4. Create a WOW to kick start learning.
Using awareness days such as World Oceans Day within learning to stimulate mark making can enable and engage pupils in a much more meaningful way. The Sea Book from DK has an annotated diagram of a fish which could be alongside a fish investigation activity – encouraging children to record their exciting experiences, using the book to scaffold and model their own outcomes.
5. Make phonics fun.
Understanding how words are made by being able to distinguish between different sounds, initial sounds, and eventually ‘sounding out’ and also ‘blending’ sounds together to segment and form words is absolutely key to improving writing skills in young children. It is really important for children to learn HOW to make sounds and words before even attempting to write them down . . . but it needs to be fun and engaging! This DK Mrs Wordsmith Phonics card game can be used as a fun activity, for two players or more, to consolidate phonics learning.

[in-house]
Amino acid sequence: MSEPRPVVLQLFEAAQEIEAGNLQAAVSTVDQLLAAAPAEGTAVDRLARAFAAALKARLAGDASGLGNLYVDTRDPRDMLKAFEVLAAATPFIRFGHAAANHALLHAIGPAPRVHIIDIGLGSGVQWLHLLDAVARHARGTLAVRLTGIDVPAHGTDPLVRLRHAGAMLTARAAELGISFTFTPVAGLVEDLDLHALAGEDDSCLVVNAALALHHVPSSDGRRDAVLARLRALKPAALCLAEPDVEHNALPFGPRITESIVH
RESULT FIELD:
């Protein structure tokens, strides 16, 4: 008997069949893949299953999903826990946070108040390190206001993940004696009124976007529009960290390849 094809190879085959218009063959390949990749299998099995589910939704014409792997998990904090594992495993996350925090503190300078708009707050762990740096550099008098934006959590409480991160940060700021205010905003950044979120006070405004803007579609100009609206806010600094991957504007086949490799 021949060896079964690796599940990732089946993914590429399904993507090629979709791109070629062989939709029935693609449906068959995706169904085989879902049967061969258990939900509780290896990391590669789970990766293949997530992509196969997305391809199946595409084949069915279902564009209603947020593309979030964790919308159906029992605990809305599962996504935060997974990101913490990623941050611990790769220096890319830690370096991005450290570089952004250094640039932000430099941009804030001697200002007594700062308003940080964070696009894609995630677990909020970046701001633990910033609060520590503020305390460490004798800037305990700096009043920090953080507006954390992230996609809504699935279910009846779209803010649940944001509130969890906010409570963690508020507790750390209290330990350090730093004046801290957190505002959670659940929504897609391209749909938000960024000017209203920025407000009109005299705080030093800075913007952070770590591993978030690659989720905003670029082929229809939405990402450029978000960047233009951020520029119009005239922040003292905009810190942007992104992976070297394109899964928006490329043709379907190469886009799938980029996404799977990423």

Finally, a strategy for building up those fine motor skills in slightly older young learners . . .
6. All things LEGO®
What better way to encourage that pincer grip and handling of small materials than Lego . . . and with this wonderful book 365 Things to Do with LEGO® Bricks you’ll never run out of ideas! See some fun examples below.
Sarah is a qualified teacher, specializing in early childhood development. She blogs over at www.arthurwears.com, where she shares activities and advice around early education as well as parenting topics based on her experience as a mother of two (with one on the way!).